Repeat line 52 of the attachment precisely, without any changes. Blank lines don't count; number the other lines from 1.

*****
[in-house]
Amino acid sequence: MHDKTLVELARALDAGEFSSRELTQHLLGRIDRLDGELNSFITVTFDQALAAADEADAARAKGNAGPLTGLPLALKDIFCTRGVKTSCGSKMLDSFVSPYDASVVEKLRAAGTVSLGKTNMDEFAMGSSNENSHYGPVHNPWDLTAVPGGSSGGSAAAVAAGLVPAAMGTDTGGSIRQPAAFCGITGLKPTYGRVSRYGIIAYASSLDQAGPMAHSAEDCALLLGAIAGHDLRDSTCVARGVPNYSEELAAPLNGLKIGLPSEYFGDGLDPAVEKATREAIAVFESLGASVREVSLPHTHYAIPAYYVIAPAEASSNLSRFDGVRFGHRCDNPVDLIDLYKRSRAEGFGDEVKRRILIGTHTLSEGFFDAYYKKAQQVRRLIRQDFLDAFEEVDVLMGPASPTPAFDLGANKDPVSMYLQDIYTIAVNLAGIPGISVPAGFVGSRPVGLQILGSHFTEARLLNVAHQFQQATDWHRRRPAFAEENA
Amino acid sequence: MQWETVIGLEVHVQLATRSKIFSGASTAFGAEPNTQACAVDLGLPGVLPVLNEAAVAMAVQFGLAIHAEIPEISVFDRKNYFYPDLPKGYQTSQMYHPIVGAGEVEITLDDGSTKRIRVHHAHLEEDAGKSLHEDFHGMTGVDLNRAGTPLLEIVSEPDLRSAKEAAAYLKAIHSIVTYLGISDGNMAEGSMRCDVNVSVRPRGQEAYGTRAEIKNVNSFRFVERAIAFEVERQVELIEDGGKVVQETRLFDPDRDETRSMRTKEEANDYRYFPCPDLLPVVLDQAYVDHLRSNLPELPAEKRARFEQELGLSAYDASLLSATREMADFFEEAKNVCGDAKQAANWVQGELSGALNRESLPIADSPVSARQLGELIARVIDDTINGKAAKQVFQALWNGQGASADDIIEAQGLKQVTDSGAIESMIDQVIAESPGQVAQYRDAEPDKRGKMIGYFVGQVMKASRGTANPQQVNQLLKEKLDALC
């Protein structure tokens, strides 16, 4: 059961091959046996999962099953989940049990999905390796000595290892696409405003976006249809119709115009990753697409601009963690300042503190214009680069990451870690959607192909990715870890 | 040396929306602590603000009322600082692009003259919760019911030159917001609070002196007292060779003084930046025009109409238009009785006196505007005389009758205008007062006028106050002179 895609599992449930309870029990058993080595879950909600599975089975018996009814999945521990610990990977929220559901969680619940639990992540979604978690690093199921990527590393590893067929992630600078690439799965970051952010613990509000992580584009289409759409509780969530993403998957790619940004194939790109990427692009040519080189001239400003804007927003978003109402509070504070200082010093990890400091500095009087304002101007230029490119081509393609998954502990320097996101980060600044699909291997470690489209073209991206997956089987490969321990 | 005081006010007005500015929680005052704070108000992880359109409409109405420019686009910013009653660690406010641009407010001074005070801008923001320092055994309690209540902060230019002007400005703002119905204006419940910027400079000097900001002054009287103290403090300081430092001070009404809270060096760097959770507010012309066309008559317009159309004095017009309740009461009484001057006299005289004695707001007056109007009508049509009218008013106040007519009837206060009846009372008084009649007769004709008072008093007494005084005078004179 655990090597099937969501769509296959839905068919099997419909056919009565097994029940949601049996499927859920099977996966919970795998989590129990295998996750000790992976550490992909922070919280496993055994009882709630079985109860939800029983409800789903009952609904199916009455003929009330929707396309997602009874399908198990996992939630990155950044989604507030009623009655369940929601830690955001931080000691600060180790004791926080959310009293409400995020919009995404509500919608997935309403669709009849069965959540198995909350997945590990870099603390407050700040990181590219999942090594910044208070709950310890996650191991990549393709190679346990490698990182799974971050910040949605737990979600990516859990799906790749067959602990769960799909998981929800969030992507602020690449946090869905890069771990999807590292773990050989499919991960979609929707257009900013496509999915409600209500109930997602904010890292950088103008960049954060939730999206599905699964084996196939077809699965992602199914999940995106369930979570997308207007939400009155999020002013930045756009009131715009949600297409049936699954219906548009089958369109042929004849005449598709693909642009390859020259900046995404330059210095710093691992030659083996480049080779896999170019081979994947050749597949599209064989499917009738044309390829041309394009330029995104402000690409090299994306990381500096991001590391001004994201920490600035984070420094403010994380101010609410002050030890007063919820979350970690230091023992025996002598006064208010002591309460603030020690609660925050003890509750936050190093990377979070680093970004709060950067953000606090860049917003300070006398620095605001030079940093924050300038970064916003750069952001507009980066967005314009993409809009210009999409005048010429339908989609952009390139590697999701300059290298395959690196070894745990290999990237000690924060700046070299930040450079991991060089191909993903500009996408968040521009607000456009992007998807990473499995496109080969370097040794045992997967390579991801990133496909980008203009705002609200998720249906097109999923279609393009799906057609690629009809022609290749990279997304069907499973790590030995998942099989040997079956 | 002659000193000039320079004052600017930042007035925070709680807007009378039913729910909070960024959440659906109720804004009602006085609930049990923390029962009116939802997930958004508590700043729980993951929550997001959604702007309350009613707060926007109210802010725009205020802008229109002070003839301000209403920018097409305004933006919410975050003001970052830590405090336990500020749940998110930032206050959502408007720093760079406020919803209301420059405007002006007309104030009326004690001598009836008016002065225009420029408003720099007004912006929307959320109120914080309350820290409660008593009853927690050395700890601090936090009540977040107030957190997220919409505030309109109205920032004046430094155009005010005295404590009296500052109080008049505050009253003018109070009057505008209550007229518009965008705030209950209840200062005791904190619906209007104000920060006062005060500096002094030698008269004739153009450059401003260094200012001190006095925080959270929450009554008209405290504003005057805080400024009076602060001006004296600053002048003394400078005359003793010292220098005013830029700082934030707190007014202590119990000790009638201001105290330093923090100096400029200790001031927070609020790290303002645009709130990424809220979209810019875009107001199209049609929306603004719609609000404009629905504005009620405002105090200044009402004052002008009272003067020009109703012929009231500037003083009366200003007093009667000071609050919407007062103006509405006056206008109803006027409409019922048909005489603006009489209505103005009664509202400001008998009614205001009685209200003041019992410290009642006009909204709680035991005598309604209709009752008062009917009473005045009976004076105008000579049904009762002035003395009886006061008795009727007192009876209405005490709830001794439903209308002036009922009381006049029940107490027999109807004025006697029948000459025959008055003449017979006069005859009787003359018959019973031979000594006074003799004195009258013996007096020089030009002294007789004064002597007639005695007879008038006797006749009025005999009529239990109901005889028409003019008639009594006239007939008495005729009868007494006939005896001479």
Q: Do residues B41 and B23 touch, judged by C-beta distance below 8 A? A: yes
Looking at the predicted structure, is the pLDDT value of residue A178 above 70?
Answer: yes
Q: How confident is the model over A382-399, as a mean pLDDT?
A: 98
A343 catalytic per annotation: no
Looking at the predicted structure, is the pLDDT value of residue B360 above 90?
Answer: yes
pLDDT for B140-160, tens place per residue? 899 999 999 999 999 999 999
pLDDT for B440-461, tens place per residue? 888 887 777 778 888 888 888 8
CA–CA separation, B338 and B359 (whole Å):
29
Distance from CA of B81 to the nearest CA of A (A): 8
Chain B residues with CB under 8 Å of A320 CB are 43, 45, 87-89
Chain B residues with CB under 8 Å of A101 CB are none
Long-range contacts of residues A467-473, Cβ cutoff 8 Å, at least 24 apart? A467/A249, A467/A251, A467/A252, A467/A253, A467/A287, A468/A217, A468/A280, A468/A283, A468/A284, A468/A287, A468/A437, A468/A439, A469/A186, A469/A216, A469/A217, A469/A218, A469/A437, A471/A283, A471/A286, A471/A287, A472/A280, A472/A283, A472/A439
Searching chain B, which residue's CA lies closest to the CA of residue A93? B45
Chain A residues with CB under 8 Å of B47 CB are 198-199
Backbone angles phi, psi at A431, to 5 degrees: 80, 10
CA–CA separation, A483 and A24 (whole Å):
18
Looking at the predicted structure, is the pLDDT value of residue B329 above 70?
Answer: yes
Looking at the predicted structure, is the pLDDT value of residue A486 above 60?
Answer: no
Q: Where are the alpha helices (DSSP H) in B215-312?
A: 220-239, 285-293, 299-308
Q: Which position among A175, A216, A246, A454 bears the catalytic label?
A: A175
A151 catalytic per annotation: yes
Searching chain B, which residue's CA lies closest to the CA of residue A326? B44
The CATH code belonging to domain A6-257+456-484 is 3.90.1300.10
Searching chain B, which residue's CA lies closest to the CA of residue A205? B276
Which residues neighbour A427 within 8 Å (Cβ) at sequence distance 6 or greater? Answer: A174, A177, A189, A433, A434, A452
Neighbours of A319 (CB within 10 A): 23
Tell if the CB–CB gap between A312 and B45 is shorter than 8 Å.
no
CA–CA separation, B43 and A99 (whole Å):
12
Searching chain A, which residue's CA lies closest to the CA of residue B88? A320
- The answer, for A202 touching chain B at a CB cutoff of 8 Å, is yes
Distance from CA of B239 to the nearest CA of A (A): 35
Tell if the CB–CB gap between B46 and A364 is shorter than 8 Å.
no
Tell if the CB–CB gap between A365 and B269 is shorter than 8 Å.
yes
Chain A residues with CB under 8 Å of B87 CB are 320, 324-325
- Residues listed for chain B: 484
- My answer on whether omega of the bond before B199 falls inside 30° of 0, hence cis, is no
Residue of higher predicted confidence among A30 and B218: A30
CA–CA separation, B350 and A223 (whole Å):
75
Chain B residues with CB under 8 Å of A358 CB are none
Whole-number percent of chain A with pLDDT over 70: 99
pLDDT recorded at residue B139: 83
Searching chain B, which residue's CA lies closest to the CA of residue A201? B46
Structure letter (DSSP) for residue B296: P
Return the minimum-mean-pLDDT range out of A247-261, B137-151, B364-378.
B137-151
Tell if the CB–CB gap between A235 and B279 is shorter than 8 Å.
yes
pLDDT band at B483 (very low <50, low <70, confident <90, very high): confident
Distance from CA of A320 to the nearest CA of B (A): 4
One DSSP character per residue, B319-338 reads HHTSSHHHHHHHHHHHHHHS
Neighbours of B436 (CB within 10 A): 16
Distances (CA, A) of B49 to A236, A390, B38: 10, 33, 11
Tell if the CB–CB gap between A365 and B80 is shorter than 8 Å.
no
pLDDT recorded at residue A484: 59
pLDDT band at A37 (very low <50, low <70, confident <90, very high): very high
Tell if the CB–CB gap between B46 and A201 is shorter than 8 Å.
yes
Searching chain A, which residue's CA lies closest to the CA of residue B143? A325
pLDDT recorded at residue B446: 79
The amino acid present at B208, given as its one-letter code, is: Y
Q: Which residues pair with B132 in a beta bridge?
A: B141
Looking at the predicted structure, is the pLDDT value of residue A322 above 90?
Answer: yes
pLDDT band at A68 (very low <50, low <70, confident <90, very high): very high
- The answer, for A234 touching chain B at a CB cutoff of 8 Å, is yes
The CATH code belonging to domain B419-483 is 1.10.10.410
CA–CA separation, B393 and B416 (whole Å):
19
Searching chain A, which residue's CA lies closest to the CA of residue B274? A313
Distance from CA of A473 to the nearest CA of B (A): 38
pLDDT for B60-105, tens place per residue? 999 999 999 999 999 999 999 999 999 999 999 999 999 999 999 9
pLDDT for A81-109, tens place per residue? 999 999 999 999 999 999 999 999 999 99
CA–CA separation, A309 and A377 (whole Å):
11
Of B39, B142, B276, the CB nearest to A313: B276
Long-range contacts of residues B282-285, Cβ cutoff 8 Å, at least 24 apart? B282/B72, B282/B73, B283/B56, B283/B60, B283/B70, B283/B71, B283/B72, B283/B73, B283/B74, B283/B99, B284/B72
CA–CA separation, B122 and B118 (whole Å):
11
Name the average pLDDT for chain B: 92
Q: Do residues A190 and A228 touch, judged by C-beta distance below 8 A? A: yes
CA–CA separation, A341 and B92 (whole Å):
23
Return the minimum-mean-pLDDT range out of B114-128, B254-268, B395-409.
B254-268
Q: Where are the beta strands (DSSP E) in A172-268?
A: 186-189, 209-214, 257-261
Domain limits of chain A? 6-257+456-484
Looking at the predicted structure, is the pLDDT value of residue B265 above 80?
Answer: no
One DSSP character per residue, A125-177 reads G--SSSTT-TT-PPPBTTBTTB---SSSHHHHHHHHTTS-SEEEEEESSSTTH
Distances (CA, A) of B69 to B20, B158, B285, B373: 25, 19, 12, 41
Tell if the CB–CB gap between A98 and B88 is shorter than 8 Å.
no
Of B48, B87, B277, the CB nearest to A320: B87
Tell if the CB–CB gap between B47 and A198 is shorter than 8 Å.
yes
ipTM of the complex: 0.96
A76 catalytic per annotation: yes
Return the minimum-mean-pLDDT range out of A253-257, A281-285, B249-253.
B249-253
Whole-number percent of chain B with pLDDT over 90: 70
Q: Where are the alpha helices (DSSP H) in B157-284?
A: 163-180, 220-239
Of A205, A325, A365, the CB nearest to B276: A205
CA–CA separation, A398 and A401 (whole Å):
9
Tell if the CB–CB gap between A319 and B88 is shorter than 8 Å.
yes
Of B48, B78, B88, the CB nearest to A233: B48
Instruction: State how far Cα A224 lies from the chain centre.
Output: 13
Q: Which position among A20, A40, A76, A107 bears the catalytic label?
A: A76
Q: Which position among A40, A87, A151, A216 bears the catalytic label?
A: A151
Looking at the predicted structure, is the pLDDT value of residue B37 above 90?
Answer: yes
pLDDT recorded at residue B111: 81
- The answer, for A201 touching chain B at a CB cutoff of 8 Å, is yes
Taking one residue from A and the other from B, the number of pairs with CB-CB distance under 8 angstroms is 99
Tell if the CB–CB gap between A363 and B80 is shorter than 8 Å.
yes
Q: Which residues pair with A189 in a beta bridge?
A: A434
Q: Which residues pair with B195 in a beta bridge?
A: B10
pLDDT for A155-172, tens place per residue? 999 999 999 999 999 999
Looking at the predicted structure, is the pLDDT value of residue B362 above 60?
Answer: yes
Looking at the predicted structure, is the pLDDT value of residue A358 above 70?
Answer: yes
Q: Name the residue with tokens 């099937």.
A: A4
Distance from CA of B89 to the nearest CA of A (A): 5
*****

- Residues listed for chain B: 484